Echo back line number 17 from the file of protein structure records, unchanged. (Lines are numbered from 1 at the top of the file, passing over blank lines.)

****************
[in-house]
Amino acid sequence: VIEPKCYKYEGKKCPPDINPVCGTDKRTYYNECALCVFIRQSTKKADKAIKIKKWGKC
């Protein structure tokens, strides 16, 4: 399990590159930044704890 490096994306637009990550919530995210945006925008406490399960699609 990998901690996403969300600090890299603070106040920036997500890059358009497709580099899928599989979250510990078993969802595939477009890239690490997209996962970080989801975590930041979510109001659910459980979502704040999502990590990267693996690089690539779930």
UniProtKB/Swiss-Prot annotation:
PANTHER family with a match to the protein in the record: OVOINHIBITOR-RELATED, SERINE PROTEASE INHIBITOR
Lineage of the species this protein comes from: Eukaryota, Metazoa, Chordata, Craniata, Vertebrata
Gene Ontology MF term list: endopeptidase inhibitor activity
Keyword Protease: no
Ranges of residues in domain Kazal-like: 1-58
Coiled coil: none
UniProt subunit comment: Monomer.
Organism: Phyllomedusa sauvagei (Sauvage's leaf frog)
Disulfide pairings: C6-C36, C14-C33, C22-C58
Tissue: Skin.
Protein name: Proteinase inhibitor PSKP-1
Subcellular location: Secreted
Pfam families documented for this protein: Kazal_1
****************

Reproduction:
Pfam families documented for this protein: Kazal_1